Our eyes will remain blind if we read Jonah’s story literally.
I want to tell you a story about a friend of mine whose brother knows a guy who works in a hospital. Last weekend a police officer brought in a man who with a light bulb stuck in his mouth. And the only way to take it out was to break it.
While it’s common for hospitals to have to deal with idiotic human behavior, the doctors were surprised when the same police officer came back two hours later… with a light bulb stuck in his mouth. Apparently he was showing to his colleagues that once you put it in you really couldn’t take it out!
Now, this story has all the makings of being an urban legend. It could be real or fake, and it’s up to you to decide which one it is. Given the current debate between news and “alternative facts,” it has become increasingly more difficult to tell the difference between the two. Most of the time it’s pretty obvious, but then there are the ones we’re not so sure about.
Such is the case in the story of Jonah. Is it a fable or a farce? Serious history or salacious satire? Is it an urban legend or just your run-of-the-mill fish story you tell at the VFW? Scholars have wasted countless hours debating and debunking this story for many good reasons. But buried in this weird tale is an epiphany – a truth that God is revealing to us about God’s own self. So we must not be too quick to dismiss it.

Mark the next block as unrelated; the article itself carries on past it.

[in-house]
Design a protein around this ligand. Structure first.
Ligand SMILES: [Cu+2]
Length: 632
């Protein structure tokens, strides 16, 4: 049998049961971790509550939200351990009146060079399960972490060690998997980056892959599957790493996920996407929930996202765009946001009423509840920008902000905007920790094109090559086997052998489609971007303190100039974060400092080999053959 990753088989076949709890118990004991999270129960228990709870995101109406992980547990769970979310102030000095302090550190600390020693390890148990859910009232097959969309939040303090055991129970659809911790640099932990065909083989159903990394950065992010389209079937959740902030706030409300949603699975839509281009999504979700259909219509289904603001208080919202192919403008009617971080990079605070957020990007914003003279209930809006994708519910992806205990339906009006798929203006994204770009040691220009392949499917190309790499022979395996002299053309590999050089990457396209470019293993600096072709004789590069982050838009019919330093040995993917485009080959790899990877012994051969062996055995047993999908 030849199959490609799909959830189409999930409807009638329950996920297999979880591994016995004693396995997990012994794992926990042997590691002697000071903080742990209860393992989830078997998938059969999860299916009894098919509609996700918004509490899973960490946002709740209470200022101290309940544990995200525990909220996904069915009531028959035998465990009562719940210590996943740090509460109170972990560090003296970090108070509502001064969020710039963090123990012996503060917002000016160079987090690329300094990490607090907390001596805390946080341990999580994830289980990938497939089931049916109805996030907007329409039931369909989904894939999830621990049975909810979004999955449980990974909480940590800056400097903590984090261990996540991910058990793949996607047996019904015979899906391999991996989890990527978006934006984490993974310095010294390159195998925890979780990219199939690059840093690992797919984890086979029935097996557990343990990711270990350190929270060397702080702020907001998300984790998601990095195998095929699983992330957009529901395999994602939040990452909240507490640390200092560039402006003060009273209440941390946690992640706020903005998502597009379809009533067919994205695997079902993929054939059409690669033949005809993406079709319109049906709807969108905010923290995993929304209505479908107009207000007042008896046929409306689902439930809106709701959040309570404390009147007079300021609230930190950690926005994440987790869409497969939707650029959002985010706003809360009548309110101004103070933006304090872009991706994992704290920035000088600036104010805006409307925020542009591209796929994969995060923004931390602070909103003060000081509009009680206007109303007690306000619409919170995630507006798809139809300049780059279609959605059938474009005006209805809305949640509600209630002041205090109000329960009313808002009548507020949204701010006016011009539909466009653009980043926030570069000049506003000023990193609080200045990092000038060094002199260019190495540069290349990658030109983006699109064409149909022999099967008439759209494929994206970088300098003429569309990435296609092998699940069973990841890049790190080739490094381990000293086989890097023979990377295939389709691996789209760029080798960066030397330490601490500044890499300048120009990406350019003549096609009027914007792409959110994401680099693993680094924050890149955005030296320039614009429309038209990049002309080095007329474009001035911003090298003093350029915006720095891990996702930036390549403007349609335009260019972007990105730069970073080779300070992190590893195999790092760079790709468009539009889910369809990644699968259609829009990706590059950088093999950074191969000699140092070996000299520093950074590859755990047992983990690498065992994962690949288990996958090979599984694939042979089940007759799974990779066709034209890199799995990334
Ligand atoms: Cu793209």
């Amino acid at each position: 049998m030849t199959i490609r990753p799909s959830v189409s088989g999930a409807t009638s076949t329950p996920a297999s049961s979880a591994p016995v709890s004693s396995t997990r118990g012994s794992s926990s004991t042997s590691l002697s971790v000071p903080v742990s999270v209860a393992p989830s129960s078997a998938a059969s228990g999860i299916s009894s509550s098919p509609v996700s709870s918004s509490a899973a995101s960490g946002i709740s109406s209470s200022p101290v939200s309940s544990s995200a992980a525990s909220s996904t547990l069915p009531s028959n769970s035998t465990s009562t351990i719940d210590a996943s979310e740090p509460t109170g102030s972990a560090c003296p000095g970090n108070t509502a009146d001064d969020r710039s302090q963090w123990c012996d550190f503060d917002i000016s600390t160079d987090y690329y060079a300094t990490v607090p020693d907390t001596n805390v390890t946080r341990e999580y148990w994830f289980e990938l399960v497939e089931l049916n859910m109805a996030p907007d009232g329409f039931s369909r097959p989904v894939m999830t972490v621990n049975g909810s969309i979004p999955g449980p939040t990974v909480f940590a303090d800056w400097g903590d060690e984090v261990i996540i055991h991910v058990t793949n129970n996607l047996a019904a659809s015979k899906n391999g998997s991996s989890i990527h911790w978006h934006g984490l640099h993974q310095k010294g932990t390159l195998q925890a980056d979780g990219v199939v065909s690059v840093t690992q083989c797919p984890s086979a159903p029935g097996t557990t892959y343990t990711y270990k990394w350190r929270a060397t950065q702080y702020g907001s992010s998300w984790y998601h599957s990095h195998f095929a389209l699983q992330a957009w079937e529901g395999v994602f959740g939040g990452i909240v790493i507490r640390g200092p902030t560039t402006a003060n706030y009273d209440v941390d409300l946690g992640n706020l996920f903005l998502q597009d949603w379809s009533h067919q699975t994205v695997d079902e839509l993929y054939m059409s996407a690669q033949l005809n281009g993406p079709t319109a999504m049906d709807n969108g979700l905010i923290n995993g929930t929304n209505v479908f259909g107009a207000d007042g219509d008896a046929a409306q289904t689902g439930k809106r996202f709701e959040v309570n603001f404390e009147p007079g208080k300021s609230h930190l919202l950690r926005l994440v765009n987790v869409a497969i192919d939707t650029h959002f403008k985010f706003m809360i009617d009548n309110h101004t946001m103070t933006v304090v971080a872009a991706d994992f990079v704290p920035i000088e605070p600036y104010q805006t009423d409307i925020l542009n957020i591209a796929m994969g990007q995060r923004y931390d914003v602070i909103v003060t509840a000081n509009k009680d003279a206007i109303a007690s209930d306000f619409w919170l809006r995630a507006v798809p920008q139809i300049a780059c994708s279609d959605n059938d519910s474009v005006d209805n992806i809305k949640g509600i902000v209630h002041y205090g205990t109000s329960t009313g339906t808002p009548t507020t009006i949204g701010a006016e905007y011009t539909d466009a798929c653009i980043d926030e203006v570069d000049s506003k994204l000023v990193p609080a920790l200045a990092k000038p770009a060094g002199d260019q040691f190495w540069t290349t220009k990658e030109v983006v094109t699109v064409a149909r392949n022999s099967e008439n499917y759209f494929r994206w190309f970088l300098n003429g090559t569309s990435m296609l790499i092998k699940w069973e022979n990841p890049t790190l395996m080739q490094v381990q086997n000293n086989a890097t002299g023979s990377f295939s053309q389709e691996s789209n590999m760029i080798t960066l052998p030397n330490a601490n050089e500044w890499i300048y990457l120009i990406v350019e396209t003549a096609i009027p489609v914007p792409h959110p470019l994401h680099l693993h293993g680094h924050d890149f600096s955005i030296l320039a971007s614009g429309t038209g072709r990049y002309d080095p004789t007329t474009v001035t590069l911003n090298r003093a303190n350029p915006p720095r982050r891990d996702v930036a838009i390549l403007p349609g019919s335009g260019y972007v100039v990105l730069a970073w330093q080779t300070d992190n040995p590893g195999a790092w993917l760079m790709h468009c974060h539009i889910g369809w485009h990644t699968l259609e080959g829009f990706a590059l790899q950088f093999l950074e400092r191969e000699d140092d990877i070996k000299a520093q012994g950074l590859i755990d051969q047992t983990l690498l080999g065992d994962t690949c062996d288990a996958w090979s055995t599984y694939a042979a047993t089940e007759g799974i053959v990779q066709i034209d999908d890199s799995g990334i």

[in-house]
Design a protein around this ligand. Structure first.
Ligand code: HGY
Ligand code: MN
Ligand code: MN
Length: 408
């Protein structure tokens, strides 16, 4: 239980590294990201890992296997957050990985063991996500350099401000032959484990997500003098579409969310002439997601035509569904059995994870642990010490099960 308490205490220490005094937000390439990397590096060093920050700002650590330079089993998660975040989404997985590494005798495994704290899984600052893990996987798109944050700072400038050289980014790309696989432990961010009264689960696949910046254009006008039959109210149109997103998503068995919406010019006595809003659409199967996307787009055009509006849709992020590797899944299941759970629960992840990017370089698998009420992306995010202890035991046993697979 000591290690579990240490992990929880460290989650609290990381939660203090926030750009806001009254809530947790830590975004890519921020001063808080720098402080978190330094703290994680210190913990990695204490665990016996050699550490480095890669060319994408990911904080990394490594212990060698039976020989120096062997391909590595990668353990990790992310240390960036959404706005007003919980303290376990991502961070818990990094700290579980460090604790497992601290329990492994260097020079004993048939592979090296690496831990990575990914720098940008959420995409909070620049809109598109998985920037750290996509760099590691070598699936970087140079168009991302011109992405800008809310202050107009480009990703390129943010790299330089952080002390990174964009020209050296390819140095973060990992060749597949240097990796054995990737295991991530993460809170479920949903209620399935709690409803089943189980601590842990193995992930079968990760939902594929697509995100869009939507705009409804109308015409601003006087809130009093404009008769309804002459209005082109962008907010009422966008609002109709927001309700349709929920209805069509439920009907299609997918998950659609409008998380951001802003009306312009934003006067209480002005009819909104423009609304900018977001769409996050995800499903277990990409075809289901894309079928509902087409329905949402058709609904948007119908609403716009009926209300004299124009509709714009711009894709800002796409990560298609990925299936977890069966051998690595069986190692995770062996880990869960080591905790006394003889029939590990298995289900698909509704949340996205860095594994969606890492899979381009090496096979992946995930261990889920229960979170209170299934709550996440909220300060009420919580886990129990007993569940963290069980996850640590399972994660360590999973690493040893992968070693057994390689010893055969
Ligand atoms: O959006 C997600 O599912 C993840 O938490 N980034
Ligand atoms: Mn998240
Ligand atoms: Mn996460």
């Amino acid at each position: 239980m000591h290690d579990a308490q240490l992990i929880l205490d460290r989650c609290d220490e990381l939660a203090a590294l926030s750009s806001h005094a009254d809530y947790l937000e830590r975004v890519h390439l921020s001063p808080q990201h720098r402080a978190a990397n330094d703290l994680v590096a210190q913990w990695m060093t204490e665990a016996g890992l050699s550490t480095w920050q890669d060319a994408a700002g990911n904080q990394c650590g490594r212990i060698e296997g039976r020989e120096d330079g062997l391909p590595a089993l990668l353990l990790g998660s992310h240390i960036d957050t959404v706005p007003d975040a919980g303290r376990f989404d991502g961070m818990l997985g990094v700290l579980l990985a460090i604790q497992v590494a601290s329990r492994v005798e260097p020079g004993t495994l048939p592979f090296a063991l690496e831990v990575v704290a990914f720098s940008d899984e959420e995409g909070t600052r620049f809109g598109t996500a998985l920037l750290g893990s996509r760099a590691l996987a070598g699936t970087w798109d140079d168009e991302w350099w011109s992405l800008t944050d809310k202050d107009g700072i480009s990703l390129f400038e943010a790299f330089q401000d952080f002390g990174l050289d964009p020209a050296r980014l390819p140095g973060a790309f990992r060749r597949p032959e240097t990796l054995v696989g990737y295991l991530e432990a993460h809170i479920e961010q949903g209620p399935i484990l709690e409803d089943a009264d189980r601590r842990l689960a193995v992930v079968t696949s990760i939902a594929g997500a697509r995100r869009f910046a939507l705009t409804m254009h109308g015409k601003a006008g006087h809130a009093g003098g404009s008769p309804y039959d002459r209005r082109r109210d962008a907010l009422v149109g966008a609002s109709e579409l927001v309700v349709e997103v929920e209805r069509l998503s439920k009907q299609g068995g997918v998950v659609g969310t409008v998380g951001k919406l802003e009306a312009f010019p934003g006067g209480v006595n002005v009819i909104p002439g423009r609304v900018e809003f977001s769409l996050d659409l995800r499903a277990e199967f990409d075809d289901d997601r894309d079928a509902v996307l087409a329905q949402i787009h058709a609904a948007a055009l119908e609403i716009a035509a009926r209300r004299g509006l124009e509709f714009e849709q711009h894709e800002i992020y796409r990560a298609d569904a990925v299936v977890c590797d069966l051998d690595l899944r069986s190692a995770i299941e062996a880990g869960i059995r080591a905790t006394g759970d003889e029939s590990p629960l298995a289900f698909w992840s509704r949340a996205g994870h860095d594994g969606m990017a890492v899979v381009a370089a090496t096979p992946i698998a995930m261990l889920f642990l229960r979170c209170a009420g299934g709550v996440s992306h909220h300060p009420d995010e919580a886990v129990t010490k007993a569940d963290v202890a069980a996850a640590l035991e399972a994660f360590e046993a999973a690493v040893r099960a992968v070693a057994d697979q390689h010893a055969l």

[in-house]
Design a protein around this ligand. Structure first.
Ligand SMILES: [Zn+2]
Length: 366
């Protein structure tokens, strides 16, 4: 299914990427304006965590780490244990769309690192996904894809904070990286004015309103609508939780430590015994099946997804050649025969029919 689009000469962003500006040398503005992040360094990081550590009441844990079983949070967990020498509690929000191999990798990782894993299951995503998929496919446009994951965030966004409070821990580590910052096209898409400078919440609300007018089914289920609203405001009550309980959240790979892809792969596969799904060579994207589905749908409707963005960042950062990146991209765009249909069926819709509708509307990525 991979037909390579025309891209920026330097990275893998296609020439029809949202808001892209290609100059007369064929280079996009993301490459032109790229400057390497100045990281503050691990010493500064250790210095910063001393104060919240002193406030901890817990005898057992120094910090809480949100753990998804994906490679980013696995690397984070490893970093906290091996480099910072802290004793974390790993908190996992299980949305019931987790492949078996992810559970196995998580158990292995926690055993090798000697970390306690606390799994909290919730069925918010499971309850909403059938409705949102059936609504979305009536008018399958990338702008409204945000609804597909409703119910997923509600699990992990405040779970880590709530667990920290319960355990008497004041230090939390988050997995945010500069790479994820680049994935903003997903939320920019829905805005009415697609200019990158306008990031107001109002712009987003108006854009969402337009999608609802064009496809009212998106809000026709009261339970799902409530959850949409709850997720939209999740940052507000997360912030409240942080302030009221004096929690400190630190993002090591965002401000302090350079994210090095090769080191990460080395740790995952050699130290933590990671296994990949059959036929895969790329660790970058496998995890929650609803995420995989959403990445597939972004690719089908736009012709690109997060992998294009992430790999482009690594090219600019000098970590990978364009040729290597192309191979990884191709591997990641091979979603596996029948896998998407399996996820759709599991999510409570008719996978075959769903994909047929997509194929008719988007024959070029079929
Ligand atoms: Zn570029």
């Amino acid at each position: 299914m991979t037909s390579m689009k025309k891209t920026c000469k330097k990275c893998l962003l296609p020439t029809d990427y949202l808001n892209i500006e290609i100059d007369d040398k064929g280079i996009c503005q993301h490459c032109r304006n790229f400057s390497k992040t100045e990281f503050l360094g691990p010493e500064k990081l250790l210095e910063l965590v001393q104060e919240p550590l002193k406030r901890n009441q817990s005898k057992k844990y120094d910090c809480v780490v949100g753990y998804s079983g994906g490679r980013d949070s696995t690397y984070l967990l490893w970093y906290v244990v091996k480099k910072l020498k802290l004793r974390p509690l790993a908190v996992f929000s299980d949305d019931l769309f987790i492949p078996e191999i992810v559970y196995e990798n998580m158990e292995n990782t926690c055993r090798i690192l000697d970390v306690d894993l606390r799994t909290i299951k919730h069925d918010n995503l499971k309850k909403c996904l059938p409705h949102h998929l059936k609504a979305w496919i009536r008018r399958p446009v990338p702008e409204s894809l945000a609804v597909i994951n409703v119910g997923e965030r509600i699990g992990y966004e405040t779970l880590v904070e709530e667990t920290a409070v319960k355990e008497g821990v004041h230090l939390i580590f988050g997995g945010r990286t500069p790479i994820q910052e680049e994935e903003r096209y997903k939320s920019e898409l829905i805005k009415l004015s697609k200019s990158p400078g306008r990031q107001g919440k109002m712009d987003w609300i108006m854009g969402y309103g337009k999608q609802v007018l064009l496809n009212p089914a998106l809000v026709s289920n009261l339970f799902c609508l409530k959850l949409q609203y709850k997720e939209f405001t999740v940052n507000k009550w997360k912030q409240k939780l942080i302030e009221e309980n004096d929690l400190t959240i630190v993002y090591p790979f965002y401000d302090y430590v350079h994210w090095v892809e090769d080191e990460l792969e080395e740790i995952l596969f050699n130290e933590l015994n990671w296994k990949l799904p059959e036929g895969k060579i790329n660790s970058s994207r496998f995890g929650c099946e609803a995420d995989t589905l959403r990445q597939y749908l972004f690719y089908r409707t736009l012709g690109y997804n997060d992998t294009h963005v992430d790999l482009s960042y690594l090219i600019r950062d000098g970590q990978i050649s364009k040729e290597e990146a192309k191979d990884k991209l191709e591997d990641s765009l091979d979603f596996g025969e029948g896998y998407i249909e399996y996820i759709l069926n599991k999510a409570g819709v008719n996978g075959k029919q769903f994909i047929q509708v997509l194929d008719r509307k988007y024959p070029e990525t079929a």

Our eyes will remain blind if we read Jonah’s story literally. Instead of wondering how a person can live inside a fish for three days – without oxygen, fresh water, or food – we might do better by directing our focus on how God uses an unassuming prophet to give us some divine insight into the truth and reality of who God is.
If you are not familiar with Jonah, here’s a quick summary of this ancient little book. It begins when God calls a fearful young man to deliver a threatening message to everyone living in the Assyrian city of Ninevah. This is the last thing this guy wants to do, and for good reason. There’s plenty of bad blood between the Israelites and the Assyrians. So it’s easy to imagine why he’d run away from this call.
To save his life, Jonah boards a boat going in the exact opposite direction from where he’s called to go. While at sea, a giant storm gathers, and Jonah knows the only way to save the crew is to be tossed overboard. Now, how ironic is it, that he’s willing to give up his life for the entire crew but not risk it for God?
In spite of his rejection, God persists. And when the crew throws Jonah overboard, God sends a giant sea monster to rescue him. Inside this strange aquatic beast, Jonah sits and prays for God’s deliverance. And God responds. The fish spits him out and Jonah reluctantly makes the journey to warn the Ninevites to “repent” or else. In almost comical fashion, they actually listen! God spares them, and Jonah sulks away, mad at God for not destroying his enemies.
Whether or not it happened literally as it was written, Jonah still reveals some important insight on God’s own nature, and our salvation.
First, God Is Persistence: God does not give up on Jonah any more than God gives up on the Ninevites, or on you or me. Jonah can run all he wants, but God will not be circumvented or thwarted. As Rob Bell profoundly stated in his book Love Wins, “God gets what God wants.” For some strange reason God wants you and me. As Jesus demonstrated on the cross, God will go to any length to make sure that happens. #God persisted.